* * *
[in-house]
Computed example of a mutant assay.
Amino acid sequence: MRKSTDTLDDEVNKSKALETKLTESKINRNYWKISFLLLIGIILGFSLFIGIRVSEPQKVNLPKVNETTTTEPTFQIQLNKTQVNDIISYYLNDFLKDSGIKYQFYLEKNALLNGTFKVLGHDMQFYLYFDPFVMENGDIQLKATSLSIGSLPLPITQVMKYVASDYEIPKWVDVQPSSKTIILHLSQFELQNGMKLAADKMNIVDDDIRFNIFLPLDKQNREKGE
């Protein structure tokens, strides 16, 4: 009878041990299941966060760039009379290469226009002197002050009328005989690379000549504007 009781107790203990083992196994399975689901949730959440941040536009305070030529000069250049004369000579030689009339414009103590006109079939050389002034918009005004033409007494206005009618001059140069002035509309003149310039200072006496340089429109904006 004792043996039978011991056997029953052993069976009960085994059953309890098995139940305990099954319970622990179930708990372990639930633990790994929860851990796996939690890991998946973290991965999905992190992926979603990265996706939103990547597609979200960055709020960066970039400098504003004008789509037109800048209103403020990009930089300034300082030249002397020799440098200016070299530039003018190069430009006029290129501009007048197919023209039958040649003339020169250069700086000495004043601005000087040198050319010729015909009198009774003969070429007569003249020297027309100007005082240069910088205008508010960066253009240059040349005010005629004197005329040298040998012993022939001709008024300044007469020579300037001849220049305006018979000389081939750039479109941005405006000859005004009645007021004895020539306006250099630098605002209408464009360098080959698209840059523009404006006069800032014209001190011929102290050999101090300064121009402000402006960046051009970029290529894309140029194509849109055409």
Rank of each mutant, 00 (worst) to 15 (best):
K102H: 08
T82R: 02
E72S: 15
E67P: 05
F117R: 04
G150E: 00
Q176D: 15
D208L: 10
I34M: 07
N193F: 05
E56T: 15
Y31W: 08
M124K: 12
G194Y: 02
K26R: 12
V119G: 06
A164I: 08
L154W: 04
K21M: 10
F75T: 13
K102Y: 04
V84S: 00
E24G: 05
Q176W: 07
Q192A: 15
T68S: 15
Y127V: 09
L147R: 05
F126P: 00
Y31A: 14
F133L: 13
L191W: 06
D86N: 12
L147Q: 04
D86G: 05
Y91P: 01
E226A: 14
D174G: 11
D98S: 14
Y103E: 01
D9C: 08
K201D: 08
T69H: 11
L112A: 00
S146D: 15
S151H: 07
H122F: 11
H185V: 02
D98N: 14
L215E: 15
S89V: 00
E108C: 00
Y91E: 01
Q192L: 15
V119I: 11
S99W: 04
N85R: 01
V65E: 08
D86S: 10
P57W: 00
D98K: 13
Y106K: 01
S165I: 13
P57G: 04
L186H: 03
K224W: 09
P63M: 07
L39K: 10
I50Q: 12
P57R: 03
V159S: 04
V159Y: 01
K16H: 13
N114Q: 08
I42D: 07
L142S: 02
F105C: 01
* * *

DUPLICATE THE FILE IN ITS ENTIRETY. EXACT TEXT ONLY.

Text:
[in-house]
Computed example of a mutant assay.
Amino acid sequence: MRKSTDTLDDEVNKSKALETKLTESKINRNYWKISFLLLIGIILGFSLFIGIRVSEPQKVNLPKVNETTTTEPTFQIQLNKTQVNDIISYYLNDFLKDSGIKYQFYLEKNALLNGTFKVLGHDMQFYLYFDPFVMENGDIQLKATSLSIGSLPLPITQVMKYVASDYEIPKWVDVQPSSKTIILHLSQFELQNGMKLAADKMNIVDDDIRFNIFLPLDKQNREKGE
């Protein structure tokens, strides 16, 4: 009878041990299941966060760039009379290469226009002197002050009328005989690379000549504007 009781107790203990083992196994399975689901949730959440941040536009305070030529000069250049004369000579030689009339414009103590006109079939050389002034918009005004033409007494206005009618001059140069002035509309003149310039200072006496340089429109904006 004792043996039978011991056997029953052993069976009960085994059953309890098995139940305990099954319970622990179930708990372990639930633990790994929860851990796996939690890991998946973290991965999905992190992926979603990265996706939103990547597609979200960055709020960066970039400098504003004008789509037109800048209103403020990009930089300034300082030249002397020799440098200016070299530039003018190069430009006029290129501009007048197919023209039958040649003339020169250069700086000495004043601005000087040198050319010729015909009198009774003969070429007569003249020297027309100007005082240069910088205008508010960066253009240059040349005010005629004197005329040298040998012993022939001709008024300044007469020579300037001849220049305006018979000389081939750039479109941005405006000859005004009645007021004895020539306006250099630098605002209408464009360098080959698209840059523009404006006069800032014209001190011929102290050999101090300064121009402000402006960046051009970029290529894309140029194509849109055409």
Rank of each mutant, 00 (worst) to 15 (best):
K102H: 08
T82R: 02
E72S: 15
E67P: 05
F117R: 04
G150E: 00
Q176D: 15
D208L: 10
I34M: 07
N193F: 05
E56T: 15
Y31W: 08
M124K: 12
G194Y: 02
K26R: 12
V119G: 06
A164I: 08
L154W: 04
K21M: 10
F75T: 13
K102Y: 04
V84S: 00
E24G: 05
Q176W: 07
Q192A: 15
T68S: 15
Y127V: 09
L147R: 05
F126P: 00
Y31A: 14
F133L: 13
L191W: 06
D86N: 12
L147Q: 04
D86G: 05
Y91P: 01
E226A: 14
D174G: 11
D98S: 14
Y103E: 01
D9C: 08
K201D: 08
T69H: 11
L112A: 00
S146D: 15
S151H: 07
H122F: 11
H185V: 02
D98N: 14
L215E: 15
S89V: 00
E108C: 00
Y91E: 01
Q192L: 15
V119I: 11
S99W: 04
N85R: 01
V65E: 08
D86S: 10
P57W: 00
D98K: 13
Y106K: 01
S165I: 13
P57G: 04
L186H: 03
K224W: 09
P63M: 07
L39K: 10
I50Q: 12
P57R: 03
V159S: 04
V159Y: 01
K16H: 13
N114Q: 08
I42D: 07
L142S: 02
F105C: 01